It took me over two weeks to finish Jane Eyre. Not because I was busy; rather, I had to frequently force my glazed eyes to once again focus on the drivel before me. I felt like a political prisoner – forced to eat dry, stale bread when I knew that I was a hero, dammit!
Charlotte Brontë‘s first (and unfortunately not last) novel was published in 1847 under the title of Jane Eyre. An Autobiography. For those playing along at home, a significantly large proportion of the book is based on Miss Brontë’s life. Oh, except for the whole rich-guy-falling-in-love-with-ugly-girl shtick. What did you say? That particular bit is quite important to the plot? Pfft. Let me prove to you how wrong you are.
The novel is like having your own personal preacher. He (let’s call him John) spends his time sitting on your shoulder and provides you with timely sermons as soon as you feel like having an ounce of fun. In a slightly nasal, monotone voice, the preacher attempts to dissuade me from (shock, horror!) spending far too long on putting together the perfect outfit (because really, Ilona, you should stop focusing on earthly delights and concentrate on worshipping God. Duh.) One day, I dared to have an independent thought – the priest popped out of nowhere, shook his little fist at me and told me I must save those heathen savages living in India. But there was this other time that I decided to keep a lunatic locked up in my house. Because, clearly, sending them off to an asylum would damage my reputation, but instead of being disapproving, little John gave me a thumbs up!
I digress. Really, the only way I can convey why the book offends my extremely refined taste is by quoting from it. It is the very last chapter, and Jane is trying to avoid talking about any sexytimes between her and Mr Rochester by droning on about what happened to all the other characters. It is here that she mentions Adèle, the child Jane used to tutor and the daughter of a French mistress:
“As she [Adèle] grew up, a sound English education corrected in a great measure her French defects; and when she left school, I found her a pleasing and obliging companion: docile, good-tempered, and well-principled.”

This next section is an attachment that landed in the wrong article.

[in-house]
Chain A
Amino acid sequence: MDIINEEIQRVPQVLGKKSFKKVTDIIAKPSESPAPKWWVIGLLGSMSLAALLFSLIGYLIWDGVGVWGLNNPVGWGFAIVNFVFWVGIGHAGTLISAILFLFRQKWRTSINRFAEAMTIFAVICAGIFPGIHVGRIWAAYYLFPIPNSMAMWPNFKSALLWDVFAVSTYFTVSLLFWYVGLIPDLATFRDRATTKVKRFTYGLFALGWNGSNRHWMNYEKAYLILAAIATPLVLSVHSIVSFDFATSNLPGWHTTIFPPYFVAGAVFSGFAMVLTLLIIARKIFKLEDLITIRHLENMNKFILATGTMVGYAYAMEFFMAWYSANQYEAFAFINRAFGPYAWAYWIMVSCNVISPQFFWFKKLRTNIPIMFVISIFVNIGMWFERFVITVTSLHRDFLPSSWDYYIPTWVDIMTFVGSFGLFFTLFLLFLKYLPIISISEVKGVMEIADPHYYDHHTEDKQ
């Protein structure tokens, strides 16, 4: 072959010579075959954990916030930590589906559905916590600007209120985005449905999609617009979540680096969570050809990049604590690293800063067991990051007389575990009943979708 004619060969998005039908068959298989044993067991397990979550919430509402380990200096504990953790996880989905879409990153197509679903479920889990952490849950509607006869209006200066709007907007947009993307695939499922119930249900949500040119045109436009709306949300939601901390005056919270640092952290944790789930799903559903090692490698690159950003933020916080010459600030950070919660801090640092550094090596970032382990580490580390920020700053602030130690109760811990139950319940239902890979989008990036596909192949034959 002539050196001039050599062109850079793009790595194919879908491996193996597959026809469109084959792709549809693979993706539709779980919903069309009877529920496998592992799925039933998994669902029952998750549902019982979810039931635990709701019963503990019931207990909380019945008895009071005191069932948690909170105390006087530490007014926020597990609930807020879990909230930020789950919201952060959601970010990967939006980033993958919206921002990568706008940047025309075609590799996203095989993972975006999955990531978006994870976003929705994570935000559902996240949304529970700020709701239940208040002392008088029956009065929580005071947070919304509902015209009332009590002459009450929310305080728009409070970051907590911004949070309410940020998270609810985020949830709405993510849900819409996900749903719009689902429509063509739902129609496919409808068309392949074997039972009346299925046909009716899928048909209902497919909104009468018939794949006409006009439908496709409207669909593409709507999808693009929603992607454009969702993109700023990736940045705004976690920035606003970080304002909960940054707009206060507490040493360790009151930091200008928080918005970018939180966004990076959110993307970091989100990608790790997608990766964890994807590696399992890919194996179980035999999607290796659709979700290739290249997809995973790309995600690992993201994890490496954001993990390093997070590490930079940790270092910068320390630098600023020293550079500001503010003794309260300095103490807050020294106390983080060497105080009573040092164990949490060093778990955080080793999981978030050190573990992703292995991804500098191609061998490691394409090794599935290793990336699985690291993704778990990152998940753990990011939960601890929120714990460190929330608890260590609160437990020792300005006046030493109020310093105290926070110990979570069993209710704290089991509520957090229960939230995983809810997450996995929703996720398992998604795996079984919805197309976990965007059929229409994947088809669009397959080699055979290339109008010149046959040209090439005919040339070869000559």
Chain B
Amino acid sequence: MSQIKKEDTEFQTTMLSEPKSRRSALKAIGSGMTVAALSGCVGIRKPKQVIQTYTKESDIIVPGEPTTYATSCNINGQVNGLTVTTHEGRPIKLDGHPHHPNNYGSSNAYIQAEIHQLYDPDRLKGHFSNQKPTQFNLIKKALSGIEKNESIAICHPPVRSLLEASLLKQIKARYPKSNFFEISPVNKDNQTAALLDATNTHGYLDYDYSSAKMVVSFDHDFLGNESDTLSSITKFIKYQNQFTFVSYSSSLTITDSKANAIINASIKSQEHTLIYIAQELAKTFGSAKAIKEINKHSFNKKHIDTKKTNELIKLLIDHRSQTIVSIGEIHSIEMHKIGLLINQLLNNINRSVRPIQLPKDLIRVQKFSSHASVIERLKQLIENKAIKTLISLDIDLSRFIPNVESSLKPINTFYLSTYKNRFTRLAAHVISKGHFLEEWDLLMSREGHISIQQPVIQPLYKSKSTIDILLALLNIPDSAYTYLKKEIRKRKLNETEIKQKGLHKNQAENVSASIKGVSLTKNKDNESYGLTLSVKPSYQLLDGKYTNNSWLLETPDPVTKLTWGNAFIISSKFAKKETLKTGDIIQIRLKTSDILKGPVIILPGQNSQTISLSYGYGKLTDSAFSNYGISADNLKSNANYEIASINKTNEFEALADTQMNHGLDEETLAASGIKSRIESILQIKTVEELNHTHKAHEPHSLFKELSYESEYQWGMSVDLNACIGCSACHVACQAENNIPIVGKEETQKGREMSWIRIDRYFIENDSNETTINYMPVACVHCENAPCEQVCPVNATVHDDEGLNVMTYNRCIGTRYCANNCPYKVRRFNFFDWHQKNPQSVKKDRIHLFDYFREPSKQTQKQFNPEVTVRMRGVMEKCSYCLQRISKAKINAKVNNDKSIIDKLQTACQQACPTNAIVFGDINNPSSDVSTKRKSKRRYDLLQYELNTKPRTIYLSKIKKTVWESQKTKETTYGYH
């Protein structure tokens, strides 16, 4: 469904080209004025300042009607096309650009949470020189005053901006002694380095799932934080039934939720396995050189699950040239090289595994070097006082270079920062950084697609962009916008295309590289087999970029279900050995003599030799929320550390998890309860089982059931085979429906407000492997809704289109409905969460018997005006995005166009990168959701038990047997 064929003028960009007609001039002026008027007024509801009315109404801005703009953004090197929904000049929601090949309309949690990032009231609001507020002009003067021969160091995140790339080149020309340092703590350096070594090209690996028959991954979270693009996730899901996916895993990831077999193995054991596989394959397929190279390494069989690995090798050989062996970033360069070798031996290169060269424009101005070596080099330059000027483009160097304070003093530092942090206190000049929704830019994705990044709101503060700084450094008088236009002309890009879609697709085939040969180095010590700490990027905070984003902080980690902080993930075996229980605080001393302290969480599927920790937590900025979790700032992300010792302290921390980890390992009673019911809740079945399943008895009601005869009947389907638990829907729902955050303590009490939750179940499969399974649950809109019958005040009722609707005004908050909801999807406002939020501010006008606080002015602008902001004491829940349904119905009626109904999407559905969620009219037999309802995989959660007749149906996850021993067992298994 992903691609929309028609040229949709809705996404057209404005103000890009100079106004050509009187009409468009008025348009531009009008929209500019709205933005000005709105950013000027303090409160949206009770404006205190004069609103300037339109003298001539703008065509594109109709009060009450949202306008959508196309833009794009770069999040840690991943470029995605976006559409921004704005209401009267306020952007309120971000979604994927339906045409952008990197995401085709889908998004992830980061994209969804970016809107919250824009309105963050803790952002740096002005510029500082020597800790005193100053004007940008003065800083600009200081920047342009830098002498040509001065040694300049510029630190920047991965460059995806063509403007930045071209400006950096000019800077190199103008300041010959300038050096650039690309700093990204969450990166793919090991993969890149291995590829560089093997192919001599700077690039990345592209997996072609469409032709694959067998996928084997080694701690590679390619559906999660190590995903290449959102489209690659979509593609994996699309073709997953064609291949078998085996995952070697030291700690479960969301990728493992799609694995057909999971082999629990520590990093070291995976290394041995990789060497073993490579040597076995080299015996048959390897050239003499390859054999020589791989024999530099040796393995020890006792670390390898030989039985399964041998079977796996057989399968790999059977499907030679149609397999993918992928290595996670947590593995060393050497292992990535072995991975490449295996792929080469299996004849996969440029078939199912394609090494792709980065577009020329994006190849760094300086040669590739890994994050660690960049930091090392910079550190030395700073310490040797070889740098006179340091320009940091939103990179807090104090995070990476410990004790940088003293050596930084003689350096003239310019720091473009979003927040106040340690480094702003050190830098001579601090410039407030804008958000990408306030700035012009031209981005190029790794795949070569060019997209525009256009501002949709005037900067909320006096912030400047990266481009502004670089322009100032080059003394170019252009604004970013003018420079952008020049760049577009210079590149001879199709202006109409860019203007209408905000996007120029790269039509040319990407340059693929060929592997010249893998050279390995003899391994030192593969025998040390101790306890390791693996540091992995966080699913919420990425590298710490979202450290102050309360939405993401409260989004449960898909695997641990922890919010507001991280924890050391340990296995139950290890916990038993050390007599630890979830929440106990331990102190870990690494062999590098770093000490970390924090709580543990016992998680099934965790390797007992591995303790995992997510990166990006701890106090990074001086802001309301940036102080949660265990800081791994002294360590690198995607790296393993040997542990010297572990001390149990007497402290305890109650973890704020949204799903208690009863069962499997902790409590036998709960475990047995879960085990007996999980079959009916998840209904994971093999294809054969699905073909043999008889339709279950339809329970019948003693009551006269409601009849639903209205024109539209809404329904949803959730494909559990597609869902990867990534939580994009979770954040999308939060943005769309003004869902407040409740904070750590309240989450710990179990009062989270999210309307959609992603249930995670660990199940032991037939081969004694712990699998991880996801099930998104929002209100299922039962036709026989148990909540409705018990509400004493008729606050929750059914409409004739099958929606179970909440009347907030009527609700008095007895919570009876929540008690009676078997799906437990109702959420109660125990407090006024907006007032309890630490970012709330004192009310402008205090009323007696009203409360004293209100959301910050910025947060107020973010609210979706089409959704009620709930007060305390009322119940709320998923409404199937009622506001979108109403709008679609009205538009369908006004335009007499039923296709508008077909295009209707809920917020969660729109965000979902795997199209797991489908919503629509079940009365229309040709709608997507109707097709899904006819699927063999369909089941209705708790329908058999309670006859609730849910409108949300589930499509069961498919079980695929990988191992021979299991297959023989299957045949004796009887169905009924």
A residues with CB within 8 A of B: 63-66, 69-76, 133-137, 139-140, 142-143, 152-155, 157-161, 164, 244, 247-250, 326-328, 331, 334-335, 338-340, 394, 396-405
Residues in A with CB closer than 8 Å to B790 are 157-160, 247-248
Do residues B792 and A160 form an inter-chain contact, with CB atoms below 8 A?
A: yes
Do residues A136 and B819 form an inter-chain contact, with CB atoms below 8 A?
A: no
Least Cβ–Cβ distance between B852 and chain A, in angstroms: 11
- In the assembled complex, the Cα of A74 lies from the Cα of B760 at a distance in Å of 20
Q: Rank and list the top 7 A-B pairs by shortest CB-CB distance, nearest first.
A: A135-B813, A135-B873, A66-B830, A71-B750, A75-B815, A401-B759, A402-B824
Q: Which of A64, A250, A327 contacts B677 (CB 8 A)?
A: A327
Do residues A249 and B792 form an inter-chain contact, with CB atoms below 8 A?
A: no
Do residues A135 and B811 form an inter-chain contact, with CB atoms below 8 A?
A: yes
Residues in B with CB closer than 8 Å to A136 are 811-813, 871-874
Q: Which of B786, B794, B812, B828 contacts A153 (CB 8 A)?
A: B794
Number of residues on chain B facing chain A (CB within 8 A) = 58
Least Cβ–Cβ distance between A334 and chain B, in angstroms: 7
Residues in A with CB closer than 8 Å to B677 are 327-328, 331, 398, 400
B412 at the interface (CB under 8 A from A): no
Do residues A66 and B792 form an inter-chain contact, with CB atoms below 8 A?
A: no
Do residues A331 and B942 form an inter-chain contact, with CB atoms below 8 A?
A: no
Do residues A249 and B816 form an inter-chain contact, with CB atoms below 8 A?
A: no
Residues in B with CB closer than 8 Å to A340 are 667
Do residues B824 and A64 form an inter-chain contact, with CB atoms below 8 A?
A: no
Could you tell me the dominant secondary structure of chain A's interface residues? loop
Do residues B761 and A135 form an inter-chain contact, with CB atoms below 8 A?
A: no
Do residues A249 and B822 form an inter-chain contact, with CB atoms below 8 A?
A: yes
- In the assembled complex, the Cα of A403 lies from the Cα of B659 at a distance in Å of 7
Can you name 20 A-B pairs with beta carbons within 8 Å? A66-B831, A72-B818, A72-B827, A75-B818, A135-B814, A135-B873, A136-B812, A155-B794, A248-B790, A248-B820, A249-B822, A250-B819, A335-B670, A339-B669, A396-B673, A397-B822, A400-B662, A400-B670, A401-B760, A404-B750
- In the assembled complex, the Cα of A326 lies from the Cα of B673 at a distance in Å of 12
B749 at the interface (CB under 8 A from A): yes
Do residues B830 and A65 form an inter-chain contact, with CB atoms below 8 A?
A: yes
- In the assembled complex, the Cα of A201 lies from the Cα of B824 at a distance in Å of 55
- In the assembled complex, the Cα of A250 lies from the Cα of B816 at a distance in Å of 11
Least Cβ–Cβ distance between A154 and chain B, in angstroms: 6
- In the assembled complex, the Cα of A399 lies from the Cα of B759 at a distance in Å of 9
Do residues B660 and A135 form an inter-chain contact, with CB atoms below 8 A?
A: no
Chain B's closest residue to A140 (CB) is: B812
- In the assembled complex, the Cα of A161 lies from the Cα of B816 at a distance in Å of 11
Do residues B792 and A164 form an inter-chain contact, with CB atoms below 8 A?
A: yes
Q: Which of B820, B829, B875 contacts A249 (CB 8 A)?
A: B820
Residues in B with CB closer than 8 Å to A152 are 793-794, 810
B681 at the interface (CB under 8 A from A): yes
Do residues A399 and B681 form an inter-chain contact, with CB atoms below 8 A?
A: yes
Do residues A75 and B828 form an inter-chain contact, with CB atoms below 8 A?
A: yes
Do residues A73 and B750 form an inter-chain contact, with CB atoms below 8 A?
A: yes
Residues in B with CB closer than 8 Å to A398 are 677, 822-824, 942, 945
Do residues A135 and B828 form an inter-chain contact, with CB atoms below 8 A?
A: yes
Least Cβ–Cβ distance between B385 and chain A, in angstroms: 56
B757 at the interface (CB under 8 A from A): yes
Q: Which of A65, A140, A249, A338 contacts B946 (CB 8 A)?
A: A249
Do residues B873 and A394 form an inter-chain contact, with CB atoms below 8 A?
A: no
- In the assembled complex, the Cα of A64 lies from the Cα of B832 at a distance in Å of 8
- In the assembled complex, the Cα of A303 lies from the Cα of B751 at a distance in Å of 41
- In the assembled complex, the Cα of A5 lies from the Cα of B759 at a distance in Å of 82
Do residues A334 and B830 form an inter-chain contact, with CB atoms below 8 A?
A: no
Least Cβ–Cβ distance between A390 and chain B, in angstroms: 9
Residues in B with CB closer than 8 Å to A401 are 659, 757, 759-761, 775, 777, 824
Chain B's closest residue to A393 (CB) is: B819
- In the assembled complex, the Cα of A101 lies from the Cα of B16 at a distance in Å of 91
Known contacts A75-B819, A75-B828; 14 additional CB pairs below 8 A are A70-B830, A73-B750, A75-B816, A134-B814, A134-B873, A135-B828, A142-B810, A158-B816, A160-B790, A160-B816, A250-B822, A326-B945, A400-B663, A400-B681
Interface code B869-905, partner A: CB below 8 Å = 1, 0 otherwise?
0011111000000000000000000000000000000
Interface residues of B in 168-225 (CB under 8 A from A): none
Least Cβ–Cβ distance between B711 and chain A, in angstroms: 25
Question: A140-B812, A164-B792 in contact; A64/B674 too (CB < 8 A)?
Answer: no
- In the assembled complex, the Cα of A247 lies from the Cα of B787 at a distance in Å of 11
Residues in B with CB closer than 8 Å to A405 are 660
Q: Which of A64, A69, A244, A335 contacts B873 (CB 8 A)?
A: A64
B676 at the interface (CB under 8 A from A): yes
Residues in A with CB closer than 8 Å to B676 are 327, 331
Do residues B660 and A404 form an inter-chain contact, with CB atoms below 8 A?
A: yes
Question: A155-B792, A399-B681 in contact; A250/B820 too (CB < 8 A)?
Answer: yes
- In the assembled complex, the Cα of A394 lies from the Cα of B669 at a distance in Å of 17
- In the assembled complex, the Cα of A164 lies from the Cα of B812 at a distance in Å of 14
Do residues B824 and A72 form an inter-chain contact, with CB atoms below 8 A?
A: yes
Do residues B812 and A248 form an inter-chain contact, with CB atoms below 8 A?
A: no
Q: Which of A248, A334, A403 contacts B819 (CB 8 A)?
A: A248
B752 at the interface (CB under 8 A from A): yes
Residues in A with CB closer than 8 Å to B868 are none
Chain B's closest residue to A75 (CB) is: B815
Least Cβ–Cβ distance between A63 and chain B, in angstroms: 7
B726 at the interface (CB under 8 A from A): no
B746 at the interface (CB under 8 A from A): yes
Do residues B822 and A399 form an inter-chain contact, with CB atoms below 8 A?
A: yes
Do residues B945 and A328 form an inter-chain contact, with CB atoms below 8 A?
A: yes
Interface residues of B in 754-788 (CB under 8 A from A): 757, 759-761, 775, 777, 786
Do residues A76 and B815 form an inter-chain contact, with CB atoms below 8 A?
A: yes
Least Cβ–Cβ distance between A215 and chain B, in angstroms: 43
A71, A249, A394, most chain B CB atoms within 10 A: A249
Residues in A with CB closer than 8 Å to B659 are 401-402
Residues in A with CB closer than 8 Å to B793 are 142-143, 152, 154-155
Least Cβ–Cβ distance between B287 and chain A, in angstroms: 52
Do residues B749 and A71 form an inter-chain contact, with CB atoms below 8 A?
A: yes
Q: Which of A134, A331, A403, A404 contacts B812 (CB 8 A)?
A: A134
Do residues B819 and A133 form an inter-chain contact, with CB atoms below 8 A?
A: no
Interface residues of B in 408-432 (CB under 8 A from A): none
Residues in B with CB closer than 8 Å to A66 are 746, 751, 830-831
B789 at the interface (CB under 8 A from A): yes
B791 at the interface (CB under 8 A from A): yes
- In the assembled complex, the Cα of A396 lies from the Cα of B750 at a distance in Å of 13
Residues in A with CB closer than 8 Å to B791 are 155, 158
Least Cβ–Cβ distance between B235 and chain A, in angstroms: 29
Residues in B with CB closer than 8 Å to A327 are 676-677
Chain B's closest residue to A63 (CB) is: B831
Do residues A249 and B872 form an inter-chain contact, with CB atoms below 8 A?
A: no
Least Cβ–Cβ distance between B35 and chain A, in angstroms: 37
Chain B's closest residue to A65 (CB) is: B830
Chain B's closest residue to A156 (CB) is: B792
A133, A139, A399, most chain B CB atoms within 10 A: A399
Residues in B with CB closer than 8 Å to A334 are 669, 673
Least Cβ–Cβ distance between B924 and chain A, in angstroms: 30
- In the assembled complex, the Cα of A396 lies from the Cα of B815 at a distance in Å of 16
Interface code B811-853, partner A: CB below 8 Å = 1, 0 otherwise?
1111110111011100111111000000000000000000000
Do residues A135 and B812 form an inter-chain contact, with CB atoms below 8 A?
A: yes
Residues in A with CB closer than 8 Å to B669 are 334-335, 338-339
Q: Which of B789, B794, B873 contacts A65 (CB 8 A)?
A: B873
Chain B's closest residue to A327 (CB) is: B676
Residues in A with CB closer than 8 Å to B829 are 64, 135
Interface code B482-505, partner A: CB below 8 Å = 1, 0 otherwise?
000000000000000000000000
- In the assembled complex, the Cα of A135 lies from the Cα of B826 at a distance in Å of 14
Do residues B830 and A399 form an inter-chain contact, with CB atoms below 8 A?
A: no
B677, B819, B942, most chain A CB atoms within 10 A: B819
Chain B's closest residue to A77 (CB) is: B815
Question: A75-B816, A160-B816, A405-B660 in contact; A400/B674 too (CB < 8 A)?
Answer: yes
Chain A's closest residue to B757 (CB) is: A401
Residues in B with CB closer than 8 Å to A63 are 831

Pardon? I’m pretty sure I would much rather read a story about a heroine with French “defects” (outlined by Eyre/Brontë as being far too passionate about having fun, and having an aptitude for sparkly dresses) than a novel featuring a “docile” and “well-principled” governess. Side note: I’ve already read that lovely French story here.
Perhaps it is not Miss Brontë’s fault. After all, her education specifically moulded her into the above characteristics; she was the daughter of a clergyman; and very much the product of her time. But then again, the writing is absolute crap (to put it bluntly). At least my previously most hated novel of all time, Great Expectations, had interesting characters and oh, I don’t know, emotive storytelling. Instead we’re subjected to such a flat recounting of events, that we don’t even notice the apparent fear Jane feels when Brontë throws in a bit of a “gothic theme” via the Madwoman in the Attic. Also, aside from said Madwoman, the plot is completely predictable (see here for other predictable features of the esteemed romance novel).
Oh ok, you are right – it is entirely, but for one smidgen, Miss Brontë’s fault this god-fearing gibberish was published. The last smidgen of blame I assign equally between her publisher, and the scores of people who continue to read this tripe and place it in on lists like 100 Books to Read Before You Die. Repeat after me: just because it’s old, doesn’t mean it’s good, yeah?
Finally for my last bit of criticism: it is quite apparent that this novel suffers from the dreaded Mary Sue symptom. The character of Jane Eyre is the author’s wish-fulfillment – the ‘rich-man-falling-in-love-with-Jane-as-opposed-to-that-beautiful-but-oh-so-bitchy-competitor’ cliche, Jane’s apparent lack of faults, and the ‘oh-an-uncle-i-never-heard-of-died-and-made-me-ridiculously-rich’ trope. Added to the fact that, essentially, the novel is an autobiography and, well, it is rather embarrassing to read. For the same reason, I’m pretty sure Stephanie Myer is Charlotte Brontë reincarnated.
In conclusion: every day I spent reading this book made Pride and Prejudice look that much the better.